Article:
Note: Page numbers enclosed in parentheses are citations from The Individual Psychology of Alfred Adler: A systematic presentation in selections from his writings. (H. L. and R. R. Ansbacher, Eds.). © 1964, Harper & Row, Publishers, Inc. Used by permission of Perseus Books Group.
Inferiority complex is a term attributed to and adopted by Adler though, according to H. L. and R. R. Ansbacher (p. 256), probably not originating with him. It refers to those feelings of inferiority which are experienced as personal deficiencies as opposed to the universal sense of incompleteness. As such they may come to be felt as so overwhelming that they undermine the courage to move forward with life, to meet and overcome obstacles, and to develop oneself and make a contribution to the community. The term inferiority complex applies when inferiority feelings cease to be a spur to further growth and become themselves a rationale for a hesitating attitude. [As elsewhere in this text, note the distinction between two meanings of the word feeling: one is affect, emotion; the other (as here) apprehension, sense of things.]
It is not the sense of inferiority which matters but the degree and character of it (p. 257).
The abnormal feeling of inferiority has acquired the name 'inferiority complex' (p. 257).
It is more than a complex; it is almost a disease (p. 257).
[Inferiority Feeling] becomes a pathological condition only when the sense of inadequacy overwhelms the individual and, far from stimulating him to useful activity, makes him depressed and incapable of development (p. 258).
The inferiority complex is the presentation of the person to himself and others that he is not strong enough to solve a given problem in a socially useful way (p. 258).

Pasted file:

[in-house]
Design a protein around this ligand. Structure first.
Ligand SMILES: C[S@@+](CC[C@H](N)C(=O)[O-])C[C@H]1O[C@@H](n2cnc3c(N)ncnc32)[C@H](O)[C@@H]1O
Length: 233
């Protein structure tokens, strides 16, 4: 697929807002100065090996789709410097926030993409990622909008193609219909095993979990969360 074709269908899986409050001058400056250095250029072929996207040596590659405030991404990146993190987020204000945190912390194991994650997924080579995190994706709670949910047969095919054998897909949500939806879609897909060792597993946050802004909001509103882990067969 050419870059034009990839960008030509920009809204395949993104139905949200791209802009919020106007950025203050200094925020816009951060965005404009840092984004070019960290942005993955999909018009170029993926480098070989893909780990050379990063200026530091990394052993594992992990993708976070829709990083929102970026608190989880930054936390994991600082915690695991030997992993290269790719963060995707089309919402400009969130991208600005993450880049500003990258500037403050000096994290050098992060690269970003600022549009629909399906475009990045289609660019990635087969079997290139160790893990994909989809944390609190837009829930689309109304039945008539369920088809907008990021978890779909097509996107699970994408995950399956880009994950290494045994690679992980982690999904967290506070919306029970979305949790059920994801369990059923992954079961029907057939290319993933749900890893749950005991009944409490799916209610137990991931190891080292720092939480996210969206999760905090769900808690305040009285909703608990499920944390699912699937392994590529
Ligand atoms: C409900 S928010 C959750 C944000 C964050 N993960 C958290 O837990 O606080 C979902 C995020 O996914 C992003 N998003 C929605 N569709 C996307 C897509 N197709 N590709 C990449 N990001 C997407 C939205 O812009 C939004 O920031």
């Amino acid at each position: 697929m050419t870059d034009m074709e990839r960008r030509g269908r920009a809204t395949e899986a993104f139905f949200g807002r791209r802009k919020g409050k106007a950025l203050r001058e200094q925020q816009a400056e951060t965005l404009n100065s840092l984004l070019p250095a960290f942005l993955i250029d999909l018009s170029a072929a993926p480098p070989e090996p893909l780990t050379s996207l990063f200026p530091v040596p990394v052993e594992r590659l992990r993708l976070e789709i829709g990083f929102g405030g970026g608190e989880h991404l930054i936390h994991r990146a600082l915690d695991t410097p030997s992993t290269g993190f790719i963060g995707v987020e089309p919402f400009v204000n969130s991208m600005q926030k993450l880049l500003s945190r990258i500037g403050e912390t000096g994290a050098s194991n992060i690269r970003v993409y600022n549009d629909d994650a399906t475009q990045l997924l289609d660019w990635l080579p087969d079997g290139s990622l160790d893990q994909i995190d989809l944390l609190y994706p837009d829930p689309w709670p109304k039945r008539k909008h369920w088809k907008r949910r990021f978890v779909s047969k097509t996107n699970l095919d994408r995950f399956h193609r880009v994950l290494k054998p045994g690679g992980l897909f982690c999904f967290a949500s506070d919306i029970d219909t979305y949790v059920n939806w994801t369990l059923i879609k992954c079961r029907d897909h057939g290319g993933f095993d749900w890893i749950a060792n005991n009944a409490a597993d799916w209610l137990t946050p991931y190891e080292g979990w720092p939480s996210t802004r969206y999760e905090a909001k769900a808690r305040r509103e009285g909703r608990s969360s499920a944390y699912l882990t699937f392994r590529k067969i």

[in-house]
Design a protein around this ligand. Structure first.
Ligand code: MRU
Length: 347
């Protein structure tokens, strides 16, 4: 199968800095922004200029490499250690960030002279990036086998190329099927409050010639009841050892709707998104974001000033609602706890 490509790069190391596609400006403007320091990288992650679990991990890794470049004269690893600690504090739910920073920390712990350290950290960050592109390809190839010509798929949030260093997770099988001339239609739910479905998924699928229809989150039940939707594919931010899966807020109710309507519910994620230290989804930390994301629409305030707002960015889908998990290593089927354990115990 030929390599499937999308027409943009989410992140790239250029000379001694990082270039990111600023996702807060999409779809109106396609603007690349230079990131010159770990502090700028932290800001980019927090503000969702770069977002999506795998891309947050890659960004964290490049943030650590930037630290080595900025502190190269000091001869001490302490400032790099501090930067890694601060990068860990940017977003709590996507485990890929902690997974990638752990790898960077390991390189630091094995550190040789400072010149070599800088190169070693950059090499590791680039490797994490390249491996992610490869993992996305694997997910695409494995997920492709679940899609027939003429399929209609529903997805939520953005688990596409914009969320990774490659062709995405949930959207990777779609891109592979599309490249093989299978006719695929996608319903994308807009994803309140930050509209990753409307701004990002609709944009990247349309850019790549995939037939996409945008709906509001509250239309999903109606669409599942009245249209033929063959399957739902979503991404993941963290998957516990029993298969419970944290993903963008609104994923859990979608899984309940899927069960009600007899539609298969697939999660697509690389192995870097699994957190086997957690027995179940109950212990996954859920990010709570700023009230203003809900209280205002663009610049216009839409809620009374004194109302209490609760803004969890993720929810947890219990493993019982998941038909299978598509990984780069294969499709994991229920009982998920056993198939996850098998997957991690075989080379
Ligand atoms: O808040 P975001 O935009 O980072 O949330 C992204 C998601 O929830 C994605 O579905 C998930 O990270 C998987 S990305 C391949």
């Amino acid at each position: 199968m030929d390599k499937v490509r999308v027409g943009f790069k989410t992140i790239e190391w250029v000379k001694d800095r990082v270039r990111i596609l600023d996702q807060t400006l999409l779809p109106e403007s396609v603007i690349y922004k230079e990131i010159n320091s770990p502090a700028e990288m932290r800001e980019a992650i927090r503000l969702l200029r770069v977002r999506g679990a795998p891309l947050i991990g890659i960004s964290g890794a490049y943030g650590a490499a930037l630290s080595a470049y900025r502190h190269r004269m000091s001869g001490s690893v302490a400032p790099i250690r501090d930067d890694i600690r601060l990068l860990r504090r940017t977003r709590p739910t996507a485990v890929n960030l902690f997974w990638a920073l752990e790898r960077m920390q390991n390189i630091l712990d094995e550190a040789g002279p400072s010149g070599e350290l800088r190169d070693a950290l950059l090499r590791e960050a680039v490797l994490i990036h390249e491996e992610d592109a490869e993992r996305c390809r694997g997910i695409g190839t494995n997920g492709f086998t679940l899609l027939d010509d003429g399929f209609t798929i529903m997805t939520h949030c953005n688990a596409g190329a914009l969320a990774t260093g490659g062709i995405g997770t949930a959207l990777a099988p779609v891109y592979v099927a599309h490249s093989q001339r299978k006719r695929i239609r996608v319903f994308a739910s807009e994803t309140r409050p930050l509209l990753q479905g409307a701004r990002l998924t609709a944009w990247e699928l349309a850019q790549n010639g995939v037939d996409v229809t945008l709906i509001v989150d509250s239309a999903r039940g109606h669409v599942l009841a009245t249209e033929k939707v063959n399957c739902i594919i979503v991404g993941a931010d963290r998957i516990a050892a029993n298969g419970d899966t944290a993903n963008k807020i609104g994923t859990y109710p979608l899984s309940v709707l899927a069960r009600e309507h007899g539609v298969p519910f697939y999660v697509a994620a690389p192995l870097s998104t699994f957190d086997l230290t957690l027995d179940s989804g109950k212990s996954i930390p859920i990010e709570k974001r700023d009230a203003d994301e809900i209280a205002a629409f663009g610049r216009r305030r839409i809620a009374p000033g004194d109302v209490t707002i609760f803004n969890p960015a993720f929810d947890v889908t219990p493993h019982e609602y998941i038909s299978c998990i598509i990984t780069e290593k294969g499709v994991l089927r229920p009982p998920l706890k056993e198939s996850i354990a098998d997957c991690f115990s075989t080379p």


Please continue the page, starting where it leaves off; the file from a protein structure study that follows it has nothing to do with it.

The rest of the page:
The inferiority complex, that is, the persistence of the consequences of the feeling of inferiority and the retention of that feeling, finds its explanation in greater lack of social interest (p. 258).
We say that a person is suffering from an "inferiority complex" when he reacts fatalistically to a crippling situation, real or fancied, without attempting to correct or improve it (Adler, Alexandra, 1973, p. 3).
The "inferiority complex" does not lead to any compensation. It is a deadlock for any further development (Dreikurs, 1973, p. 180).
The inferiority complex involves an appeal to inferiority feelings, as if in themselves they constituted a handicap, and so may be offered as an excuse from participation and contribution. In fact, in the "complex" they are rehearsed and made to serve as a disguise for loss of courage, or an alibi for failure (B. H. Shulman, personal communication, n. d.).
© Griffith, J., & Powers, R. L. (2007). The Lexicon of Adlerian Psychology: 106 terms Associated with the Individual Psychology of Alfred Adler (2nd ed.). Port Townsend, WA: Adlerian Psychology Associates (p. 59).
Definitions of concepts are used by permission of Jane Griffith. A comprehensive list of concepts and definitions can be found in The Lexicon of Adlerian Psychology: 106 Terms Associated with the Individual Psychology of Alfred Adler by Jane Griffith and Robert L. Powers, available for purchase on Amazon.com.
Adler, A. (1973). Guiding human misfits: A practical application of Adlerian Psychology. Millwood, NY: Kraus Reprints. (Original work published 1939)
Dreikurs, R. (1973, Rev. ed.). Psychodynamics, psychotherapy and counseling: Collected papers of Rudolf Dreikurs, M. D. Chicago: Alfred Adler Institute.